cheese, and calcium-fortified orange juice, tofu, or soy
milk. Green leafy vegetables such as broccoli or spinach
also provide calcium.
Images from Wikimedia Commons: Spinach (Nillerkd, CC attribution license; Milk (Stefan Kuhn, CC Share-Alike)
Calcium cont’d.
When taking calcium, it is important to avoid drinking
caffeinated beverages and soda pop because they
can interfere with calcium absorption.
Image adapted from Wikimedia Commons, Mikadiou and Yo, David Shay, Creative Commons Attribution-Share Alike
Water
Water has many important functions including
transporting nutrients to your cells, ridding your
body of wastes, and regulating body temperature.
Your body loses two to three quarts of water a day
through breathing, sweating, and eliminating waste.
Image from Wikimedia Commons, Uschick, Creative Commons Attribution-Share Alike 3.0 Unported
Water cont’d.
If you take your body weight in pounds, and divide it in
half, that is how many ounces of water you should drink
in a day for optimal health. Example: 140 lb. person
should drink 70 oz of water each day.
Drinking at least ten, eight-ounce glasses of water a
day is often recommended.
Image from Wikimedia Commons, Derek Jensen (Tysto), public domain
Water cont’d.
Fluid intake is critical during exercise because
if you become thirsty, you are already slightly
dehydrated.
You should consume fluids every 15 to 20 minutes
during exercise and also after you finish exercising.
How many calories?
How much should you eat a day?
1600 calories: primarily sedentary women
2200 calories: most children, teenage girls, active
women, sedentary men
2800 calories: most teenage boys, active men, and
very active women.
How much fat should I
eat?
1,600 calorie diet - Limit fat to 53 grams
2,200 calorie diet - Limit fat to 73 grams
2,800 calorie diet - Limit fat to 93 grams
Most experts agree that one of the main
reasons why so many Americans are
overweight is because of an increase in
portion size.
Sugar
Soft drinks and other sugar-added beverages have
overtaken white bread and are now the main source
of calories in the average American’s diet.
The average person should have less than 40
grams of sugar per day, which is about six to nine
teaspoons. The average teen consumes 34
teaspoons per day!
Sugar
The average 12 oz can of soda has equivalent of 11
teaspoons of sugar and 150 calories, and is about the
same as a half cup of rich ice cream.
Soda is pure sweetener and doesn’t have any
balancing fat/protein… and you almost never feel
“full” drinking sodas, so it’s very hard to stop.
Sugar
You should have no more than approximately 32
grams of total sugar a day.
Images: Wikimedia Commons: Strawberry cake (Claus Abeiter, CC Share-Alike); Chocolate pastries (Sonia Geffrier, public domain); Mousse (Gveret Tered, CC Attribution)
Sodium intake
Fast food and processed foods are extremely high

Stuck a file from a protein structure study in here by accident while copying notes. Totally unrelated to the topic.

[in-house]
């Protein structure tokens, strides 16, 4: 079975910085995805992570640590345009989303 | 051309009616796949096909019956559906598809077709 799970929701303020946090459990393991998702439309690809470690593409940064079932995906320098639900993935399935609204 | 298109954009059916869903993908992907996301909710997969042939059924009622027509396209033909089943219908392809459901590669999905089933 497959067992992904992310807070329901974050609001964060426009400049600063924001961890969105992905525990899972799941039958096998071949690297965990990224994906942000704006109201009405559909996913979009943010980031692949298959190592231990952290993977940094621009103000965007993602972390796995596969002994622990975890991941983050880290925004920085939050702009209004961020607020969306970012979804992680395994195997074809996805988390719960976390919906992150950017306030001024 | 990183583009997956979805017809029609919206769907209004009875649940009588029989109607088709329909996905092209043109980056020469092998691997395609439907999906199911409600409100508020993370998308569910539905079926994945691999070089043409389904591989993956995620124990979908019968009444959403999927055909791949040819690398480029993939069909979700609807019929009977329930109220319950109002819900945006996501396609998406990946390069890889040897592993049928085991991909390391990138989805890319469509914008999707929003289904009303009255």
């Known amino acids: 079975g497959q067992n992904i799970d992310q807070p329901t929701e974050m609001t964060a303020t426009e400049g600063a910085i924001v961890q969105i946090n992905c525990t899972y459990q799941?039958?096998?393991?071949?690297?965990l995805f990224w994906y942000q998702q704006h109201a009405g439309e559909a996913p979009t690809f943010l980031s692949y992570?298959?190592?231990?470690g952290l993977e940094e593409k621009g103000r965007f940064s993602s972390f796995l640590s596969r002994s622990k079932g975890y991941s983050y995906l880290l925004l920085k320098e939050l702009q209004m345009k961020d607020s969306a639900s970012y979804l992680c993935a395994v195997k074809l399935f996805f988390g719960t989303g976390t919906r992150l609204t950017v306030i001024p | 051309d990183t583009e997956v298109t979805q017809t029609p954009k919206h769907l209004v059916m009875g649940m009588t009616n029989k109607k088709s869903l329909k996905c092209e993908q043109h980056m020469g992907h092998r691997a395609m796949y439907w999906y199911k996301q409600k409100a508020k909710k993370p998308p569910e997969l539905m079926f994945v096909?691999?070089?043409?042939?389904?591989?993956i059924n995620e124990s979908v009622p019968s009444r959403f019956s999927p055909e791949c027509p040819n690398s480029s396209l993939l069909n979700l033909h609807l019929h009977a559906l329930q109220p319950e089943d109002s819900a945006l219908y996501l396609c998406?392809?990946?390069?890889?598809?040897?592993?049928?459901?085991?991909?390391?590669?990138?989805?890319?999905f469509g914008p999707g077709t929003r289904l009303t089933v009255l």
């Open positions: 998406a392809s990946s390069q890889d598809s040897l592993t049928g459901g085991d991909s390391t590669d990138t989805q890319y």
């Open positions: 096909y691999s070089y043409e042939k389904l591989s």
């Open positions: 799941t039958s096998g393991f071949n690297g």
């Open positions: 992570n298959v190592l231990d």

in sodium (mainly as salt).
The Dietary Guidelines recommendation for
sodium for most individuals is “less than 2,300
mg/day,” but for individuals with hypertension,
African Americans, and middle-aged and older
adults, the recommendation is “no more than
1,500 mg/day.”
Image from Wikimedia Commons, BenB4, CC ShareAlike
How can I become
healthy?
•
•
•
•
•
•
•
•
•
•
Make good choices
Eat organic foods (fruits/vegetables)
Limit fat intake (less than 70 grams)
Limit sugar intake (less than 40 grams)
Limit sodium intake (less than 2300 mg)
Eat a colorful variety of foods
Follow Food Pyramid
Read food labels
Drink at least 10 (8oz) glasses of water/day
Exercise
Why organic?
Pesticides sprayed on fruits and vegetables
Hormones put into soil and plants
Corn fed beef / chickens / pigs / turkeys
Hormones or antibiotics added to animal food, or
given to animals via pills or shots...
All of these may be bad for your health.
Key vocabulary
Calcium is a mineral we need to build strong bones and teeth and facilitates
muscle contraction.
Carbohydrates provide your body with energy that can be used during
exercise. Carbohydrates are divided into simple and complex types.
Complete Proteins are foods that contain all 8 of the essential amino acids
Complex carbohydrates are found in whole grain breads and vegetables.
Fats are either saturated (solid at room temperature), or unsaturated (liquid
at room temperature).
Fat-soluble vitamins including A, D, E, and K, can be stored in body fat so
intake should be closely regulated.
Fiber is the tough stringy part of vegetables, fruits, and grains.
Food Pyramid is the pyramid that provides guidelines for eating from the five
basic food groups.
Incomplete Proteins are those proteins, mostly from plant sources, that
must be eaten in combination with each other to provide all essential amino
acids.
Key vocabulary cont’d.
Nutrients are food substances that are required for the growth and maintenance of your
cells.
Proteins are nutrients that help your body grow and repair itself.
Saturated fats come mostly from animal sources, and are solid at room temperature.
Simple carbohydrates are found in fruit, molasses, honey, and anything sweet like
candy, cookies, or cakes.
Sodium is a mineral we need, but should consume less than 2300 mg daily.
Sugar intake for the average woman should be no more than six teaspoons per day,
and the average man should have only nine teaspoons per day .
Trans Fats (trans fatty acids) are created in an industrial process that adds hydrogen to
liquid vegetable oils to make them more solid.
Unsaturated fats come mostly from plants such as corn, soybean, olives, and peanuts,
and are liquid at room temperature.
Water has many important functions including transporting nutrients to your cells, ridding
your body of wastes, and regulating body temperature.
Water-soluble vitamins (B-complex vitamins and vitamin C) can be excreted in the
urine when taken to excess.